Nesting Baby Shower Invite

I haven't posted any work in quite some time. I am not the best when it comes to documentation of a finished job. Besides that, I'm not sure any one would find the glamour in every brochure or direct mailer that come off the press. Today however, I'd like to share a little piece I came up with for a baby shower invitation (the fun stuff) given for a friend of mine.

The hosts of the shower decided to use "nesting" as an underlying theme for the party but rather than your standard baby-chick-decor they decided to go with the beautiful paper crane as somewhat of an icon. I thought this was a fun way to also symbolize marital bliss, happiness, good fortune and peace for a mom-to-be. The colors for the party were pink, orange and yellow.

All of the above inspired me to come up with the following 3 part invite.

The first page in the set is the actual invitation to the party. The second page is a how-to diagram on folding paper cranes. Since this job was gifted (for non-profit) I decided to use a beautiful instruction sheet created by My Trinh Ha I found on papercrane.org then I just added my own elements to form a cohesive look. This second page was printed on vellum paper for a variation in texture as well as opacity.

Through the vellum you could see the third page which was a piece of decorative rice paper in which the prospective party goer would be able to fold their own crane using the provided instructions. A strand of colored crafting floss accompanied the invite for displaying the crane after folding.

Everything was clipped together, stuffed into a square and labeled envelope, then sent off to the post.

The end.



As a preschooler, I really did have a thing for Michael. I even had a poster of him on the back of my bedroom door. I laid on my bed facing the closed door making him the last person I would see before going to bed each night and the first person I would see when waking up each morning. Thriller was of course my favorite music video. Although this may have been partly due to the fact that I knew I was getting away with watching something I probably shouldn't—at least not at that age. I was super brave for the entire (lengthy) video until the very end when his eyes turned yellow again; I had to cover my face for that part.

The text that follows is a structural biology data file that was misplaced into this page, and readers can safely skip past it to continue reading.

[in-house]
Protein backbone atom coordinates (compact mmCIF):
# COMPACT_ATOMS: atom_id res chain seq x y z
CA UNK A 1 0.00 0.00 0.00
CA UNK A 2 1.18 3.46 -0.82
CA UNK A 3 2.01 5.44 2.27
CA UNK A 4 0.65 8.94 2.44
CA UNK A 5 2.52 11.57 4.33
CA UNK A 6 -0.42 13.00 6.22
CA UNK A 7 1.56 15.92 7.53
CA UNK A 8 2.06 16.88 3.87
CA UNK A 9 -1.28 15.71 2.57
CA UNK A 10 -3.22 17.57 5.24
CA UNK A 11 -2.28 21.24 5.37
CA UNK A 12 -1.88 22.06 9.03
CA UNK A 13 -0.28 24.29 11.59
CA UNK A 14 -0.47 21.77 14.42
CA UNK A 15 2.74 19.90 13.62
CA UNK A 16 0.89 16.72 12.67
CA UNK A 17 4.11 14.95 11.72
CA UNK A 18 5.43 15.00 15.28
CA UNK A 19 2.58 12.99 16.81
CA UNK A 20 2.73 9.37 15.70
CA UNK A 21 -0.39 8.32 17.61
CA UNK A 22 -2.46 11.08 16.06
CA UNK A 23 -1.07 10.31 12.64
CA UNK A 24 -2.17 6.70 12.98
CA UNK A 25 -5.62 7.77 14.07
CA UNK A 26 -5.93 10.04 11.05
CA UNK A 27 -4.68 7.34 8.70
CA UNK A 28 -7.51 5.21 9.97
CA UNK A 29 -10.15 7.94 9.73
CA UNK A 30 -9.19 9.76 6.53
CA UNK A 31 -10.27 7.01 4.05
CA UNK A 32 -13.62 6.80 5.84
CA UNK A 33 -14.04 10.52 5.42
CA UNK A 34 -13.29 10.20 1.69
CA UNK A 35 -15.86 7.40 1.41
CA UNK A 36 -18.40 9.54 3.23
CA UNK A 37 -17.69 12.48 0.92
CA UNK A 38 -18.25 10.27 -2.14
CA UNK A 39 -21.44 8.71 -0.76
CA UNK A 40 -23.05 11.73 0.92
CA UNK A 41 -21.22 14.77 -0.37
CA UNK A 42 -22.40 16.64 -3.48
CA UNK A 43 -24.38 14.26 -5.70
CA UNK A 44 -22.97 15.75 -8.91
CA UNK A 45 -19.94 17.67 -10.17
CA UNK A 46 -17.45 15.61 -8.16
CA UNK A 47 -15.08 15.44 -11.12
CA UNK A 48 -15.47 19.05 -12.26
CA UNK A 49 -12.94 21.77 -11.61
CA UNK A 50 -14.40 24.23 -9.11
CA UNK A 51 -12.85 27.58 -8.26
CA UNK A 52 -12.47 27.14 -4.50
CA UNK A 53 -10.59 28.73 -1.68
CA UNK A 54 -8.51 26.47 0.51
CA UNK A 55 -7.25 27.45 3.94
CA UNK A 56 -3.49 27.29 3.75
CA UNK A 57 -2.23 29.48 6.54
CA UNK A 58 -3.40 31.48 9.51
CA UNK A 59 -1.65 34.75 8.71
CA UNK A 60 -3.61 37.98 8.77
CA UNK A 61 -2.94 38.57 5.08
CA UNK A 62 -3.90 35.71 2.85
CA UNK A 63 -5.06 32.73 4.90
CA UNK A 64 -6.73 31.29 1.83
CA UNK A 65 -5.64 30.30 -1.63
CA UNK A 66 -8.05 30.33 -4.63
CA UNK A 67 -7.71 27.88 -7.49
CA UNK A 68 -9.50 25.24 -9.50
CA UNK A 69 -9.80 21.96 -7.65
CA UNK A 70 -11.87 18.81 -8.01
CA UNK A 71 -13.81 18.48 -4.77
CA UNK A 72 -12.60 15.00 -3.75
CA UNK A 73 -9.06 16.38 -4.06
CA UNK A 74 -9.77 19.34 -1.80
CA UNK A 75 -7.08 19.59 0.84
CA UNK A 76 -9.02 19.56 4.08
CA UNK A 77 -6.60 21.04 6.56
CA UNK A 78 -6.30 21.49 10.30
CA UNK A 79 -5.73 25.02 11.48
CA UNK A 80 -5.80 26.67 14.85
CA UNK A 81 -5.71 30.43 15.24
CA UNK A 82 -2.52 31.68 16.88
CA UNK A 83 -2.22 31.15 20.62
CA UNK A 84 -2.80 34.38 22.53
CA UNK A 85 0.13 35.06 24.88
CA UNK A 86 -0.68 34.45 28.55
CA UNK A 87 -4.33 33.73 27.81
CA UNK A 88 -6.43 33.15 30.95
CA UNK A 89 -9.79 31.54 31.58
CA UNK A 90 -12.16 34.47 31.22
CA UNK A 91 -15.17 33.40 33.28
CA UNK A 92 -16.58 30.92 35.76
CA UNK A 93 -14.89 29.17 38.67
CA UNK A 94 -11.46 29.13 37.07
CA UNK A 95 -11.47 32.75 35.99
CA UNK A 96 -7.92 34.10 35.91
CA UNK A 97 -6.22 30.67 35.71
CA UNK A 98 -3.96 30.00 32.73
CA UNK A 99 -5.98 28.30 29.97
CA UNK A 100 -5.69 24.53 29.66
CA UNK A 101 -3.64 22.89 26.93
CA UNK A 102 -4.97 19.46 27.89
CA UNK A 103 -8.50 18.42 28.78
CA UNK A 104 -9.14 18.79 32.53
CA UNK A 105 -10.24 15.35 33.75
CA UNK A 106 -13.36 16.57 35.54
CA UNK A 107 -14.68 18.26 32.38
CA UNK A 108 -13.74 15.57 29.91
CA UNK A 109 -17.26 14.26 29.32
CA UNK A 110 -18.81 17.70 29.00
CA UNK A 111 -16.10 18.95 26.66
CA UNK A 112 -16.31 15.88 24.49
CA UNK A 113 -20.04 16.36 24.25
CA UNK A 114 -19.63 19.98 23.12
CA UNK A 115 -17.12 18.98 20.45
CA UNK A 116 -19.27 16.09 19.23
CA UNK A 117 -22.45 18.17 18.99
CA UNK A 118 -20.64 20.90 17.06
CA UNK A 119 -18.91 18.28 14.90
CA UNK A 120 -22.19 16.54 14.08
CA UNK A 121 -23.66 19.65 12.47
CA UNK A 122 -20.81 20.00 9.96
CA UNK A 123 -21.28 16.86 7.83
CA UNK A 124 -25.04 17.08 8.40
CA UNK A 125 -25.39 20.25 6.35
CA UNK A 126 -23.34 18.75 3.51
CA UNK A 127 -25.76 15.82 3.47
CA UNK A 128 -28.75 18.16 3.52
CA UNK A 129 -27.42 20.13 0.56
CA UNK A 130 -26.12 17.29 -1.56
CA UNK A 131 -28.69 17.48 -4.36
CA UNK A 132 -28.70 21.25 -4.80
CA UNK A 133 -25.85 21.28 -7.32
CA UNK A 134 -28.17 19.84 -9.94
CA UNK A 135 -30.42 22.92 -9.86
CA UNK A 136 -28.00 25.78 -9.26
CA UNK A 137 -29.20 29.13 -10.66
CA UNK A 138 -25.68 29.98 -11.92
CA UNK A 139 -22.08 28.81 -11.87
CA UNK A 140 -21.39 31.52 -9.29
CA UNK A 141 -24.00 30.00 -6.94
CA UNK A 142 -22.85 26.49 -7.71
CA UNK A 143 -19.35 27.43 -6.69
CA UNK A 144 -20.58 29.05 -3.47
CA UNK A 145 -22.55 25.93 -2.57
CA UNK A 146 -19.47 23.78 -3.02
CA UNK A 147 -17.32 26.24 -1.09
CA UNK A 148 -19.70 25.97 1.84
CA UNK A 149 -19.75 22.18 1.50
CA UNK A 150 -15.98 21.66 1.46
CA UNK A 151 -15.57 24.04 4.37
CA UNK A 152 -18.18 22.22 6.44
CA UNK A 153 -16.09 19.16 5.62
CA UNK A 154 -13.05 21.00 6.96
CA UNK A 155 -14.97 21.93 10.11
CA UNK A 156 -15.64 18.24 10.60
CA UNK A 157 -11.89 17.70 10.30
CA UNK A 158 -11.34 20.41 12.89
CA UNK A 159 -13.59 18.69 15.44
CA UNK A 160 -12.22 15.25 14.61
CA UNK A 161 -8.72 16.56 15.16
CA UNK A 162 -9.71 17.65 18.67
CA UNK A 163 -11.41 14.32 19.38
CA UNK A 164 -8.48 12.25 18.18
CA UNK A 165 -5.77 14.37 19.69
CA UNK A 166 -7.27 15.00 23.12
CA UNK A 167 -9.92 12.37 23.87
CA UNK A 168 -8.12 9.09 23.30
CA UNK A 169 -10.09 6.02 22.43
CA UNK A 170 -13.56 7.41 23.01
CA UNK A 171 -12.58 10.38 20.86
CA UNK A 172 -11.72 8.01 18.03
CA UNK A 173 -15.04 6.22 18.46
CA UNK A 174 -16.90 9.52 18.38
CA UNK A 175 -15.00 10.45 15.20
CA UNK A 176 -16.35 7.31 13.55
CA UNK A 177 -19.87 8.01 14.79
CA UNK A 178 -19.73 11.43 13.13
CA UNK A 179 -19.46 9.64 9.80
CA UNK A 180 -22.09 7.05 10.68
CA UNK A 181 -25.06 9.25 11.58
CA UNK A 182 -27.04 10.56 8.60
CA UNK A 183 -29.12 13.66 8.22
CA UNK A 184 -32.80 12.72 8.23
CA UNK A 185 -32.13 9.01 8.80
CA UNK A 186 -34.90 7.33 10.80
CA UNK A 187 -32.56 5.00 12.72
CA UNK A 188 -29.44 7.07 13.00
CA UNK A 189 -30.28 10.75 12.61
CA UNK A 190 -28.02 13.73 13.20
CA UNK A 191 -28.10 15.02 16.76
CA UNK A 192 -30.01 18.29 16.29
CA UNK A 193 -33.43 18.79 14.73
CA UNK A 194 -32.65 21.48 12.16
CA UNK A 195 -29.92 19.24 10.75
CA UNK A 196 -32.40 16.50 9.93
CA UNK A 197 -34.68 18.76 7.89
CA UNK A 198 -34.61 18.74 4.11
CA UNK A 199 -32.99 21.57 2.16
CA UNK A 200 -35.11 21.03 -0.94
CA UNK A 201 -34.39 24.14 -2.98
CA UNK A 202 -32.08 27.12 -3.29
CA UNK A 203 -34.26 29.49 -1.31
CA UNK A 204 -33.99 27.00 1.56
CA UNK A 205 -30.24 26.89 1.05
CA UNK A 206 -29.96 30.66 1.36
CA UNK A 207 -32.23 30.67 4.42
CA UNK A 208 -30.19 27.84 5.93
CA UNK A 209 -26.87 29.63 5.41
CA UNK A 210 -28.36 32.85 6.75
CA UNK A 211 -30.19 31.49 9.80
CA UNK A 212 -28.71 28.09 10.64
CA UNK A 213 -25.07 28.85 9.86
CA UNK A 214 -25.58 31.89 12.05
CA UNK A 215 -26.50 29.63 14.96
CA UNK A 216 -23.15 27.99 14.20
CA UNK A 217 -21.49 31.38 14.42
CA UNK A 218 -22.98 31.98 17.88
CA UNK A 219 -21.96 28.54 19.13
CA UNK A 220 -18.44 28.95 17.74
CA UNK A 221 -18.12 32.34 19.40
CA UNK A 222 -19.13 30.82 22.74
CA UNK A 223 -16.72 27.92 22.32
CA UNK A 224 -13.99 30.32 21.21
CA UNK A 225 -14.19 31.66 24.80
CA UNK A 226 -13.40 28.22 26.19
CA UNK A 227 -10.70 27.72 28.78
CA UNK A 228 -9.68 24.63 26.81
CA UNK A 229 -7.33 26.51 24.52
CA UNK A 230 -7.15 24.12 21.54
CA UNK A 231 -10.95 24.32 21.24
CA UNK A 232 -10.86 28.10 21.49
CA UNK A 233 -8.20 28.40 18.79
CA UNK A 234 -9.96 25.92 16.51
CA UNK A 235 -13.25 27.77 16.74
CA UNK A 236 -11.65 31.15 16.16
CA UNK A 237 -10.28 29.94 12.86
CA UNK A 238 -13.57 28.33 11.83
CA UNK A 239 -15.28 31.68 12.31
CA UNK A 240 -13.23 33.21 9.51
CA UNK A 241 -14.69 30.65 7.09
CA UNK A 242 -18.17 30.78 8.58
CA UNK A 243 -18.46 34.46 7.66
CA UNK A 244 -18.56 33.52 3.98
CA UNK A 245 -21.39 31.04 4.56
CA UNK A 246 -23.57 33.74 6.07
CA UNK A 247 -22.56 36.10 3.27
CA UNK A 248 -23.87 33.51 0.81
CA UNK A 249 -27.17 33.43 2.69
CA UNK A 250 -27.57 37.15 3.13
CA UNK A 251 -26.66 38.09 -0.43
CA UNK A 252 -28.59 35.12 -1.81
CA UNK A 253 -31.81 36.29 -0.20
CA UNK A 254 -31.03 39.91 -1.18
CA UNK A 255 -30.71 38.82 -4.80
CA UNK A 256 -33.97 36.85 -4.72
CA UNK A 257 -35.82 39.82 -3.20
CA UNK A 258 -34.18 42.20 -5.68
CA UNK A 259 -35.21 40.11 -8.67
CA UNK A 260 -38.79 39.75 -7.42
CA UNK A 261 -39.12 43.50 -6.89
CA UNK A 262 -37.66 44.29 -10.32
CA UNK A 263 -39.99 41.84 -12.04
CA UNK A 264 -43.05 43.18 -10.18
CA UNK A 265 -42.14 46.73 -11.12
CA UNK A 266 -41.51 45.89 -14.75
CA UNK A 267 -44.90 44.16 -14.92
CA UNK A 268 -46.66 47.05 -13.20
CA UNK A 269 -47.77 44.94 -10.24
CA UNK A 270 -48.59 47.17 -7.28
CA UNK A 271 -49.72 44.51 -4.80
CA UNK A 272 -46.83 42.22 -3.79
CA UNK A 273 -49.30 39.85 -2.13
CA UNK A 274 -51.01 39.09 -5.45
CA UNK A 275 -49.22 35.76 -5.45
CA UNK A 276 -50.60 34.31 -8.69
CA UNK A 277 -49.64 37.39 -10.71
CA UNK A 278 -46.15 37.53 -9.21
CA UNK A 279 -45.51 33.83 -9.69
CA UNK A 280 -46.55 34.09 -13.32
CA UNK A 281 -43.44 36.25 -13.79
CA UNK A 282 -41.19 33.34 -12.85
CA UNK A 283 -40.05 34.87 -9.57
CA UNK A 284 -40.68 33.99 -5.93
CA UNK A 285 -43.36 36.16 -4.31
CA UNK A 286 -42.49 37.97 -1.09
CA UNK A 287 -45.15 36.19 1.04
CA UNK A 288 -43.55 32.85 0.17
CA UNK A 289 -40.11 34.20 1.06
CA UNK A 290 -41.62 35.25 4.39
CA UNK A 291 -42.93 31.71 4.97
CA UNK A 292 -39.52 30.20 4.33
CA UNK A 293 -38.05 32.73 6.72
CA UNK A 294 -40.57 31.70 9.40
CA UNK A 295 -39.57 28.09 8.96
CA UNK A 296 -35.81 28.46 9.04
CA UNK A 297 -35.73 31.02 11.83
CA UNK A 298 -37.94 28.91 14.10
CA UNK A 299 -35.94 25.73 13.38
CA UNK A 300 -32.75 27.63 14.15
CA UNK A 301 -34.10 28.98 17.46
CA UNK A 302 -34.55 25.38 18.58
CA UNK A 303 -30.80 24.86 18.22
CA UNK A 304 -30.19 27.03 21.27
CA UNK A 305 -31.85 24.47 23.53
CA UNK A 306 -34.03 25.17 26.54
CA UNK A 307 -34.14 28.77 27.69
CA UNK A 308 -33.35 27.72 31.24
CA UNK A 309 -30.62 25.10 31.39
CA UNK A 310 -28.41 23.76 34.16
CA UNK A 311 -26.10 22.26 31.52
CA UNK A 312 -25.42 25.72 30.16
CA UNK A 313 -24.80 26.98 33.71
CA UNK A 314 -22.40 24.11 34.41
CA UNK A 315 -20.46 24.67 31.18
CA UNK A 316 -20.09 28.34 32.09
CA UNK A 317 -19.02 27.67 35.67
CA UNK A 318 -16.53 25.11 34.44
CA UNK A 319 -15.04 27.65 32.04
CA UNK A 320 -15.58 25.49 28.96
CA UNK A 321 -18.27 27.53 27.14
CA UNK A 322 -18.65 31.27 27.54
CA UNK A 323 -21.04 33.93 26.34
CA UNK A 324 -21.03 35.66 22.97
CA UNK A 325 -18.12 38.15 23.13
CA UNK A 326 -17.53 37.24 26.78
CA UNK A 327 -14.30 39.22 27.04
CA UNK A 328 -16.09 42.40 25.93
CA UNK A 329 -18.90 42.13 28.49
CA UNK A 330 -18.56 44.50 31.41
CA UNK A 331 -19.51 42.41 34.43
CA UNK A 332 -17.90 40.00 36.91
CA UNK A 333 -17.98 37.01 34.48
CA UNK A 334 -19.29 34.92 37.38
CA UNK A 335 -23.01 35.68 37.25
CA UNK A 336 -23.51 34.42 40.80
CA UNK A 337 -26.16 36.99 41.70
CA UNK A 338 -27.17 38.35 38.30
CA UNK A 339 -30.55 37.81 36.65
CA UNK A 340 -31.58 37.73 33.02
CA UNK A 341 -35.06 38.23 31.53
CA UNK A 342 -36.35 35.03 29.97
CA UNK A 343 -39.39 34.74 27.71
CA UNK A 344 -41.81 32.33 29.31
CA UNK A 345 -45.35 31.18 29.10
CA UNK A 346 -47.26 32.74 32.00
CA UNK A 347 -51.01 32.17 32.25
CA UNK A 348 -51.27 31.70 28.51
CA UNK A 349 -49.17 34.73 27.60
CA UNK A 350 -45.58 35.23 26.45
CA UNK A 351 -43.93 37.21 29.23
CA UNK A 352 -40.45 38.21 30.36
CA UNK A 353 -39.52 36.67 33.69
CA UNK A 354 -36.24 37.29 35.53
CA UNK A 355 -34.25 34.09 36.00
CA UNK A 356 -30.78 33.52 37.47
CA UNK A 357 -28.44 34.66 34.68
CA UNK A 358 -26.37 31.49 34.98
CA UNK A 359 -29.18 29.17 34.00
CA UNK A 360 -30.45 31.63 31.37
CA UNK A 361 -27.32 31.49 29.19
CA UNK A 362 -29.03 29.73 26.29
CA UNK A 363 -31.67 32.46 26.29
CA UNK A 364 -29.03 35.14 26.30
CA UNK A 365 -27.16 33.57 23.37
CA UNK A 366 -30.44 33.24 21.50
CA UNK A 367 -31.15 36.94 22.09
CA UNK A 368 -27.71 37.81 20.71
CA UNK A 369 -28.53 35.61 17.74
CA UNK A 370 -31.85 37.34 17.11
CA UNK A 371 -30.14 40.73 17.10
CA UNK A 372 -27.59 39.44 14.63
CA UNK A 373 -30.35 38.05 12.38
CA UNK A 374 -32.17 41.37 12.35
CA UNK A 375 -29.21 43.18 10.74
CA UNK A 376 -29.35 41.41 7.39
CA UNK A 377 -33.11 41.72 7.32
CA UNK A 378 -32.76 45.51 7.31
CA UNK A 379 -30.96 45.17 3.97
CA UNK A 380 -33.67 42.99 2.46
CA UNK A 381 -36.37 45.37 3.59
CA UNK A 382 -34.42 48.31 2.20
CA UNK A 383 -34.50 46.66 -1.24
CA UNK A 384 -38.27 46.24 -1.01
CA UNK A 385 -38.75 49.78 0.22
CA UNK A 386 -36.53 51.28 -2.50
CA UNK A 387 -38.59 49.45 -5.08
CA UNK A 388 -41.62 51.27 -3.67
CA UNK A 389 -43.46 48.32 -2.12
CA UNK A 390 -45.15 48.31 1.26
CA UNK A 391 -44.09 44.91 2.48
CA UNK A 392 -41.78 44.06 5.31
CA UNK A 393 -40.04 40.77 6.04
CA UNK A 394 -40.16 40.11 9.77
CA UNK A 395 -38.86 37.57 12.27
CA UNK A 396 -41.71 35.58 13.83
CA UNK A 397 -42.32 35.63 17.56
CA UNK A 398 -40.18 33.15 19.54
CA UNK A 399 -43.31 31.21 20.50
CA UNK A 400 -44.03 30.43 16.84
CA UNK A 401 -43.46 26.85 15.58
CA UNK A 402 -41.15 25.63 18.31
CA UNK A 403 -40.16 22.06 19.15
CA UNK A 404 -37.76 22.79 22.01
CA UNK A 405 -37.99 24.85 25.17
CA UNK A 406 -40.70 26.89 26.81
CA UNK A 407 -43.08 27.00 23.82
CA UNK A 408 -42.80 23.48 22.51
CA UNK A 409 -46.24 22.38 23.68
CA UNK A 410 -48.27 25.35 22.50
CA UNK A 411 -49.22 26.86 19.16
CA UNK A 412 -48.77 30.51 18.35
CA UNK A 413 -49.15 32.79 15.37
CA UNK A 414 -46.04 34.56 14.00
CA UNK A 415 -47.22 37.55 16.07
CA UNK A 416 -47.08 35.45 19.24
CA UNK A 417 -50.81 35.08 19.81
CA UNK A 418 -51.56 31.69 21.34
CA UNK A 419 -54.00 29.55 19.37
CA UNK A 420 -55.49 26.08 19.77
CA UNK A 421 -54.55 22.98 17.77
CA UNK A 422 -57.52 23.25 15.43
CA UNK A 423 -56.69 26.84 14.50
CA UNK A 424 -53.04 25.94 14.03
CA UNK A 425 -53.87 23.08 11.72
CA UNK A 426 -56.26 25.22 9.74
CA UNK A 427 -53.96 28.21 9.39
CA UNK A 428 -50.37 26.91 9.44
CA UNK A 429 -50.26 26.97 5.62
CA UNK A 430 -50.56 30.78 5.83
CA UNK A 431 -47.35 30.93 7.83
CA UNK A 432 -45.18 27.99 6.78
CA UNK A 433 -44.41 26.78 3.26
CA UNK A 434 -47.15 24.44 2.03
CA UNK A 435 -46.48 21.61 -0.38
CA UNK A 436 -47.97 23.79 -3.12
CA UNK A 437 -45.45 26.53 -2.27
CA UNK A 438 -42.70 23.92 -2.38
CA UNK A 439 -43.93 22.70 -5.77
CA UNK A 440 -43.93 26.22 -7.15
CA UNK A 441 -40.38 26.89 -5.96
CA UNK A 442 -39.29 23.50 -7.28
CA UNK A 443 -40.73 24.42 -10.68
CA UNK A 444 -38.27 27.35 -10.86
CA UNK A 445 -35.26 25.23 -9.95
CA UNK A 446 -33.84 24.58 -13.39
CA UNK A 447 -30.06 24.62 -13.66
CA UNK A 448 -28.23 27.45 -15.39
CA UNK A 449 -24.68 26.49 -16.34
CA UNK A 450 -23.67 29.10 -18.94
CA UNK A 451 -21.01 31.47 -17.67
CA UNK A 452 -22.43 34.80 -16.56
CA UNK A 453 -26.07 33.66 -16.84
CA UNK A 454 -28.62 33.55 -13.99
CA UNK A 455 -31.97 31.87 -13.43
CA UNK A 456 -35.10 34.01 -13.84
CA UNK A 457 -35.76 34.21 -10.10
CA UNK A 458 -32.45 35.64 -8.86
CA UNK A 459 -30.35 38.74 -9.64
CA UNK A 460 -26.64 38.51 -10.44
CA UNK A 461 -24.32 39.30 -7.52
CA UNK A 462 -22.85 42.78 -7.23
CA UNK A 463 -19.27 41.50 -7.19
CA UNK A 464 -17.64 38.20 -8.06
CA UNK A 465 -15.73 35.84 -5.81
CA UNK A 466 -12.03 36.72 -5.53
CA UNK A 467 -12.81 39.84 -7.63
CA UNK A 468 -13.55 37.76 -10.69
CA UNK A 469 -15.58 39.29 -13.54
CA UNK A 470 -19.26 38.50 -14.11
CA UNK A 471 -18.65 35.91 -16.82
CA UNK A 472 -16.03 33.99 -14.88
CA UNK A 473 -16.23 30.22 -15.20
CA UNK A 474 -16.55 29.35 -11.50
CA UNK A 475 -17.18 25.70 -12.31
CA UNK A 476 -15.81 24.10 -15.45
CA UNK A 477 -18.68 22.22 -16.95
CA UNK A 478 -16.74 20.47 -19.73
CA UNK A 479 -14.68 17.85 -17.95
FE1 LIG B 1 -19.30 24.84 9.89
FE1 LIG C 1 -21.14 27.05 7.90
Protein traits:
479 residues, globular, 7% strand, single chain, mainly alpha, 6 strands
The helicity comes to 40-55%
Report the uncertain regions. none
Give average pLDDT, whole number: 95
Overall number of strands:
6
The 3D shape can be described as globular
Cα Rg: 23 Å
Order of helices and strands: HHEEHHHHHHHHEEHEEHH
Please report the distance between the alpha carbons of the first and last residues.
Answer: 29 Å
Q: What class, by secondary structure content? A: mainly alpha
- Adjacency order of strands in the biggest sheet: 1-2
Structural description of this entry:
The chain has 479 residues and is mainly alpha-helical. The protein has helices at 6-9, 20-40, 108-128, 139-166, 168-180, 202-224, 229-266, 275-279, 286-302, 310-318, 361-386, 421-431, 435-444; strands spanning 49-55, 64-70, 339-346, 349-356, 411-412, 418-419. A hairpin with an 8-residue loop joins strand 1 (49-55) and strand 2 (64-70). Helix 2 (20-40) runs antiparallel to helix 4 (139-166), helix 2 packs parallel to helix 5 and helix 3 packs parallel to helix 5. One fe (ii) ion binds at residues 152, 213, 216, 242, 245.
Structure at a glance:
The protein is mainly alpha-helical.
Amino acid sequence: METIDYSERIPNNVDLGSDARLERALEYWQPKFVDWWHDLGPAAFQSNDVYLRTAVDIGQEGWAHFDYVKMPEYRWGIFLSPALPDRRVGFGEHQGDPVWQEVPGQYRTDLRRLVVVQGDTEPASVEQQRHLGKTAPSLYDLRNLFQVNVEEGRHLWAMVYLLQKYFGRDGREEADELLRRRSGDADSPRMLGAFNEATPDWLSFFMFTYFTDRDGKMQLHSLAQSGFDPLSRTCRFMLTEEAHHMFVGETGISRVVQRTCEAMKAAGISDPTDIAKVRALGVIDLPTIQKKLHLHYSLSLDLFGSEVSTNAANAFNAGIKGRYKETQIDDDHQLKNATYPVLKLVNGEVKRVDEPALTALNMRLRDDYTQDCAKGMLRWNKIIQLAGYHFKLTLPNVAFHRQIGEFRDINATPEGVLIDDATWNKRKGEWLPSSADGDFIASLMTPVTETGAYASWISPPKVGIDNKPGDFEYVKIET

I also remember red leather jackets and a glove on one of two hands being very fashionable among people I was actually related to, not to mention Beat It karaoke sessions during family get-togethers. My mom would try to teach me how to moonwalk, she can still do it and I still can't. I've also seen old videos of my mom and her sisters dancing to Rock with You but that was witnessed later in life.

It seems a little incredible that a fairly good portion of my memories as a three and four year old are accompanied by memories of the late "king of pop." I know its dramatic, but loosing Michael feels like some of those childhood memories don't really exist anymore and I guess that's a little sad for me. Thankfully there is the music to authenticate the past.